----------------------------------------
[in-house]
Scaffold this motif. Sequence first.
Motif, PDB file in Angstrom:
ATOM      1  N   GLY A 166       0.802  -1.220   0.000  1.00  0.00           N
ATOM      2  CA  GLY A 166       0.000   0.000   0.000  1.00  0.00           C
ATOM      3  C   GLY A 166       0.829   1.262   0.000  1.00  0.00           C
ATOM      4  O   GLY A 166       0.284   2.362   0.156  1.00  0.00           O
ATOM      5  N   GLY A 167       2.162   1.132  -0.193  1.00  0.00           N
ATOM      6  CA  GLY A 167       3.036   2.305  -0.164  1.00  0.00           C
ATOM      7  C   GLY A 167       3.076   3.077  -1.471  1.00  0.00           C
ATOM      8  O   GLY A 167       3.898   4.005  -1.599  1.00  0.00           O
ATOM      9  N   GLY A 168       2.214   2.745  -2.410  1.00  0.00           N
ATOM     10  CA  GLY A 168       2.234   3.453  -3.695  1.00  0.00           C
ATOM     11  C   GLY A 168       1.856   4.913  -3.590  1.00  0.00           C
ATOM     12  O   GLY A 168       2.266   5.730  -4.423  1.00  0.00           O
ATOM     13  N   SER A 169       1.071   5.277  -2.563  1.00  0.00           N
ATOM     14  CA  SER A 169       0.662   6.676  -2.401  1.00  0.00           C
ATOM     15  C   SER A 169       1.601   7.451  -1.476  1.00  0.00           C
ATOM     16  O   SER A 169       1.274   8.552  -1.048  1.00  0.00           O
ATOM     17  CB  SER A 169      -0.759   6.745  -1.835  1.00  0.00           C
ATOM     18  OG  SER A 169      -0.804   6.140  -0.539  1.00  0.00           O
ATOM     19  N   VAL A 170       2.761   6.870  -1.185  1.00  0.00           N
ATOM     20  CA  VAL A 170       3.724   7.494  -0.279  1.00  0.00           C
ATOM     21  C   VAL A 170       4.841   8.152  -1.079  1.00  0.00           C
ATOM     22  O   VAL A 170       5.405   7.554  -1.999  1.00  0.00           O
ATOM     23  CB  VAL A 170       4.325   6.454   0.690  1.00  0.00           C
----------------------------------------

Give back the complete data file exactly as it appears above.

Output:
[in-house]
Scaffold this motif. Sequence first.
Motif, PDB file in Angstrom:
ATOM      1  N   GLY A 166       0.802  -1.220   0.000  1.00  0.00           N
ATOM      2  CA  GLY A 166       0.000   0.000   0.000  1.00  0.00           C
ATOM      3  C   GLY A 166       0.829   1.262   0.000  1.00  0.00           C
ATOM      4  O   GLY A 166       0.284   2.362   0.156  1.00  0.00           O
ATOM      5  N   GLY A 167       2.162   1.132  -0.193  1.00  0.00           N
ATOM      6  CA  GLY A 167       3.036   2.305  -0.164  1.00  0.00           C
ATOM      7  C   GLY A 167       3.076   3.077  -1.471  1.00  0.00           C
ATOM      8  O   GLY A 167       3.898   4.005  -1.599  1.00  0.00           O
ATOM      9  N   GLY A 168       2.214   2.745  -2.410  1.00  0.00           N
ATOM     10  CA  GLY A 168       2.234   3.453  -3.695  1.00  0.00           C
ATOM     11  C   GLY A 168       1.856   4.913  -3.590  1.00  0.00           C
ATOM     12  O   GLY A 168       2.266   5.730  -4.423  1.00  0.00           O
ATOM     13  N   SER A 169       1.071   5.277  -2.563  1.00  0.00           N
ATOM     14  CA  SER A 169       0.662   6.676  -2.401  1.00  0.00           C
ATOM     15  C   SER A 169       1.601   7.451  -1.476  1.00  0.00           C
ATOM     16  O   SER A 169       1.274   8.552  -1.048  1.00  0.00           O
ATOM     17  CB  SER A 169      -0.759   6.745  -1.835  1.00  0.00           C
ATOM     18  OG  SER A 169      -0.804   6.140  -0.539  1.00  0.00           O
ATOM     19  N   VAL A 170       2.761   6.870  -1.185  1.00  0.00           N
ATOM     20  CA  VAL A 170       3.724   7.494  -0.279  1.00  0.00           C
ATOM     21  C   VAL A 170       4.841   8.152  -1.079  1.00  0.00           C
ATOM     22  O   VAL A 170       5.405   7.554  -1.999  1.00  0.00           O
ATOM     23  CB  VAL A 170       4.325   6.454   0.690  1.00  0.00           C